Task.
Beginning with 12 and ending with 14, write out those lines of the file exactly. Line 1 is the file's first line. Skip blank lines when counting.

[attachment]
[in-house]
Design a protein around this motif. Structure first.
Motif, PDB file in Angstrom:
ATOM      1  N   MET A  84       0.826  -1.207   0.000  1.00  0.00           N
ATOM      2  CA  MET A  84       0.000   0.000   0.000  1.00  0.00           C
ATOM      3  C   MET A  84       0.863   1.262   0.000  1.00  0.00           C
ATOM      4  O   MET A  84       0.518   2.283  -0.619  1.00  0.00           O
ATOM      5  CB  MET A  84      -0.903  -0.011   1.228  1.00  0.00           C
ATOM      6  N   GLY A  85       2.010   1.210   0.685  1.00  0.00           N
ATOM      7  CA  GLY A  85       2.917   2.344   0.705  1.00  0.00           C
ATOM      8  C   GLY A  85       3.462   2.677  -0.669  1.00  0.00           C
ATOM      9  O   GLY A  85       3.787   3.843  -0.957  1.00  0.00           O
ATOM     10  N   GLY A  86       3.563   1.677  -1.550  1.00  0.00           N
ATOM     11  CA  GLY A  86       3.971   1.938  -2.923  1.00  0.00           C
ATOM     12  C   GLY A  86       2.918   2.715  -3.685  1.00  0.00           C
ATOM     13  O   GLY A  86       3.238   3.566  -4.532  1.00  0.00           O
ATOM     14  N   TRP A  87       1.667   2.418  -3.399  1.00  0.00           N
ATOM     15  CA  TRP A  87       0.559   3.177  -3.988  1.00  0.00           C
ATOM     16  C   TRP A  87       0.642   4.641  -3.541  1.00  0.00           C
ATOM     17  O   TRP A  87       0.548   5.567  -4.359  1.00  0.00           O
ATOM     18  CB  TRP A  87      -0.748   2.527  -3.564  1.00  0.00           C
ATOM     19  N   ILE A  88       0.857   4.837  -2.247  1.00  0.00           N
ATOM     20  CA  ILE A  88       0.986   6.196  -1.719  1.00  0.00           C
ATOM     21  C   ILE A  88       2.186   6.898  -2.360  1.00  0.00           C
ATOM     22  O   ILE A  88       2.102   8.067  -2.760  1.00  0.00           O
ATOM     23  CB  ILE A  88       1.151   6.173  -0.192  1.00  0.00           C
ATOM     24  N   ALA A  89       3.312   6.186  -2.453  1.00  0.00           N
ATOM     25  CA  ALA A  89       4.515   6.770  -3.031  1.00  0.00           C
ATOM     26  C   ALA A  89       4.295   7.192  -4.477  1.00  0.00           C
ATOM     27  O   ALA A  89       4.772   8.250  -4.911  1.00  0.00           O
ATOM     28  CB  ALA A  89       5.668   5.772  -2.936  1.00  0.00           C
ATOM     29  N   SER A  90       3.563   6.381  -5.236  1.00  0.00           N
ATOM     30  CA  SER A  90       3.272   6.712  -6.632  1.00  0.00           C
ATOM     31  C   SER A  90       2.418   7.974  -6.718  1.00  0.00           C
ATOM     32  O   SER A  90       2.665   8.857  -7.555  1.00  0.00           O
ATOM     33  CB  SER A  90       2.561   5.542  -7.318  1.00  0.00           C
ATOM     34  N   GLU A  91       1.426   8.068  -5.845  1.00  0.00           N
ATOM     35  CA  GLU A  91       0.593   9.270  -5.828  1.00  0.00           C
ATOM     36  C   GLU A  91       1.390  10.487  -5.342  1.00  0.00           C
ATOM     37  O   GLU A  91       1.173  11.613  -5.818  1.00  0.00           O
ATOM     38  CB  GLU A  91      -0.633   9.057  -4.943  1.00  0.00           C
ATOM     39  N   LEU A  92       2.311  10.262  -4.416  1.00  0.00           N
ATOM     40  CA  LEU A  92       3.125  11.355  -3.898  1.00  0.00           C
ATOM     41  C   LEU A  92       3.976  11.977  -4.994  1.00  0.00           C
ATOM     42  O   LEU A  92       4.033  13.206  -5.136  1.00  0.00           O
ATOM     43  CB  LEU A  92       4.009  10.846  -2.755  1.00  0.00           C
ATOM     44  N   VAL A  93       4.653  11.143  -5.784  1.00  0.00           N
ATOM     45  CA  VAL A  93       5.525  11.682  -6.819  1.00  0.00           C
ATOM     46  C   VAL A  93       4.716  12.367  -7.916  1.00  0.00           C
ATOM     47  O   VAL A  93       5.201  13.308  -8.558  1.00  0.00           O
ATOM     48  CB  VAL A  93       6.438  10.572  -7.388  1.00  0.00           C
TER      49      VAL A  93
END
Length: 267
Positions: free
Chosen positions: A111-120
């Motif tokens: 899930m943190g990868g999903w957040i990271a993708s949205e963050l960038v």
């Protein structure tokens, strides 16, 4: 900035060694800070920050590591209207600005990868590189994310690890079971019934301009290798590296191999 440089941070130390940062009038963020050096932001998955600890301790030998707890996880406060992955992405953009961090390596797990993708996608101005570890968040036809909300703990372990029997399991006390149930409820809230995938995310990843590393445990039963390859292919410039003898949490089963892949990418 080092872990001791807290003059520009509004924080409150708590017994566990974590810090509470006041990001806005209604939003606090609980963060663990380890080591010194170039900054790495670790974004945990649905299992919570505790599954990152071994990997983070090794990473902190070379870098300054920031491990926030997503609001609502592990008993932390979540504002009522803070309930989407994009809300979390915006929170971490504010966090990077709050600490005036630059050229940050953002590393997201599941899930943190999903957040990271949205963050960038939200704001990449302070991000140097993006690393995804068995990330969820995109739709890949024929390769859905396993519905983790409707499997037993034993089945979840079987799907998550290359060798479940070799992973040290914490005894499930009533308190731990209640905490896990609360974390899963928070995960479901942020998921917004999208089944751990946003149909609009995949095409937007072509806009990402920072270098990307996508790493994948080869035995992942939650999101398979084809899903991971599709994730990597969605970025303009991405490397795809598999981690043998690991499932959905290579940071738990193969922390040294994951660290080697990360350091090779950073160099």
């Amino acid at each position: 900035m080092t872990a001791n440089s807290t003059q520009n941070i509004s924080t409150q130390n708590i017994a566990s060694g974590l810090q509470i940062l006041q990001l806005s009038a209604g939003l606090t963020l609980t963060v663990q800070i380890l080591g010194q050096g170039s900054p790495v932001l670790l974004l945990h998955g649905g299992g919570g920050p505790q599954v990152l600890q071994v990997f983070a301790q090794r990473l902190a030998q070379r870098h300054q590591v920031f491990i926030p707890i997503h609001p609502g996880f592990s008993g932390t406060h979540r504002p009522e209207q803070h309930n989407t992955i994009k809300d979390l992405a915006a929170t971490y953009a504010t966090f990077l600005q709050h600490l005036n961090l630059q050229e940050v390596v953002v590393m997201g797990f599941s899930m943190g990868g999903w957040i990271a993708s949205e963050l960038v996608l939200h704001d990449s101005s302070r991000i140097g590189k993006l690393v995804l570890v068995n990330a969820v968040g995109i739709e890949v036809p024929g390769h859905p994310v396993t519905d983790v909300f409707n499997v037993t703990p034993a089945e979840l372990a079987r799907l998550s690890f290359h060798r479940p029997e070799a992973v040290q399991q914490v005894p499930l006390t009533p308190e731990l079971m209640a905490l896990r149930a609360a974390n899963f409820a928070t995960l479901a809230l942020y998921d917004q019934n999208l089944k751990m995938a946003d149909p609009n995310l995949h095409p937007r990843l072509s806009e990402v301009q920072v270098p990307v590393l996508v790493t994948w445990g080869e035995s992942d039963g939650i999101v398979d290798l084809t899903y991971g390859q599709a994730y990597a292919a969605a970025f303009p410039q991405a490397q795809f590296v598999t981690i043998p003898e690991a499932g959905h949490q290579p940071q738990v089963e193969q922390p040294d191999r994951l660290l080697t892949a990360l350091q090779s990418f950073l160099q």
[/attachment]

ATOM      9  O   GLY A  85       3.787   3.843  -0.957  1.00  0.00           O
ATOM     10  N   GLY A  86       3.563   1.677  -1.550  1.00  0.00           N
ATOM     11  CA  GLY A  86       3.971   1.938  -2.923  1.00  0.00           C